Above is the earliest known photo of Evarts which was taken in 1891. Seen is the north side of the Evarts Depot. An outdoor toilet stands on the left. The ground is not landscaped and the semaphore is not installed on the depot. John Everts’s elevator is west of the depot. The first section foreman’s house is located to the far right. This photo was taken facing west.
By the late 1870’s it was discovered that instead of using track of other companies, the IC should build their own. This major project was begun in the mid-1880’s when an East Friesian couple, John and Mary Everts sold property in 1886 to the C, M, N RR (Chicago, Madison, Northern Railroad); again in autumn, 1888 east and south of Rock City Road. In 1895 Jacob Molter sold land to the IC on the west side of Rock City Road.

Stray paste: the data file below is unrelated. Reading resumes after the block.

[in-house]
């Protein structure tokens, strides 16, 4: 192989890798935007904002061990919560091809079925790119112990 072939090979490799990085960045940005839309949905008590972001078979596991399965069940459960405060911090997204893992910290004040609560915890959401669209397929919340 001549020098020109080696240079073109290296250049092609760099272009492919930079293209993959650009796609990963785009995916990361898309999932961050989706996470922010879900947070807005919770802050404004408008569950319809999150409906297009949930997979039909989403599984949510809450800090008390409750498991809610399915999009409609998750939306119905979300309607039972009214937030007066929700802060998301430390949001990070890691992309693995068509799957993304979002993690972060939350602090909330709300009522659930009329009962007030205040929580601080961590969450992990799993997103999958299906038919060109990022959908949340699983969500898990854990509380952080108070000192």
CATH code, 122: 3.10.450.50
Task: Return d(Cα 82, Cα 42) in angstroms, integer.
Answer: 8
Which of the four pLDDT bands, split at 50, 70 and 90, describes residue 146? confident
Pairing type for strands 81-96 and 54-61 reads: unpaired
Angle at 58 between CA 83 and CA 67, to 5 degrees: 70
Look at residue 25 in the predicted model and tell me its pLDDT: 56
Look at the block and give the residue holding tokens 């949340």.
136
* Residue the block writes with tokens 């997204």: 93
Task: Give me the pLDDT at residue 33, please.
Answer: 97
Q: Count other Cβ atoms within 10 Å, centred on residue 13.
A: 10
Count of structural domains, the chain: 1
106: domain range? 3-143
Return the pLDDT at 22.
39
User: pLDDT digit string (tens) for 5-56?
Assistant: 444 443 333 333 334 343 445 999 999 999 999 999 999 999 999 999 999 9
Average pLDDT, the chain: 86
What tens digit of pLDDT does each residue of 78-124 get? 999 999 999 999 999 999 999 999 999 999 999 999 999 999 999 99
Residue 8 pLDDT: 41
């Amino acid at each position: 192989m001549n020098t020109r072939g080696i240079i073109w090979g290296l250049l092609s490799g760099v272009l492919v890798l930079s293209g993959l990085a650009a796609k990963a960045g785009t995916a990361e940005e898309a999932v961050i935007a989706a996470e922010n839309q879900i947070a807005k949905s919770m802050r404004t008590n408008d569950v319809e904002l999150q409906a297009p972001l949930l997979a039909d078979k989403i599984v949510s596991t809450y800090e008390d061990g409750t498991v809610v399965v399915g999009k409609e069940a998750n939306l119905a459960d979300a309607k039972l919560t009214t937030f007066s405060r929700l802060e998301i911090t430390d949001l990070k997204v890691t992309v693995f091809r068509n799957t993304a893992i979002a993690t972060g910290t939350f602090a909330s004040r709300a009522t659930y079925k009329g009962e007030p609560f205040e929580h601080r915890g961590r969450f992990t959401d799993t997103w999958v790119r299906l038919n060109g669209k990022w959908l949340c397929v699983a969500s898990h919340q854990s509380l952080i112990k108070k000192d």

Branches to Madison and Dodgeville greatly expanded and enhanced the markets — “After 1870 the population of Wisconsin increased sixty percent, Minnesota roughly tripled.”
Thus, even the tiniest depot/market had access to a stopping train. (“Stevens” had been the post office, established May, 1889 to July, l906 that later became Evarts.) Details are found in the 1970 history. From then on it became Evarts or Everts, the names of the former landowner.
Many of the emigres changed the spelling of their names on arriving in America!
Those little depots were called the heart of their neighborhood—not only did they arrive and depart from the depot-store but gather there on the off-chance friends or family would be there also.
Passenger trains passed through three times a day. It was only a ten-minute ride to Freeport, costing 30¢ one way so shopping, commuting, a quick get-away was an inexpensive luxury - leave at 11:00 a.m., back at 4:00 p.m.
Commute by horse? Tie the equine to the picket fence or tree in front of the Brookmans (who helped assemble a story of Evarts) and they would feed your horse for 10¢ a day. Walking between Freeport and Evarts? Wave at the train engineer; he’d stop, pick you up and take you either way!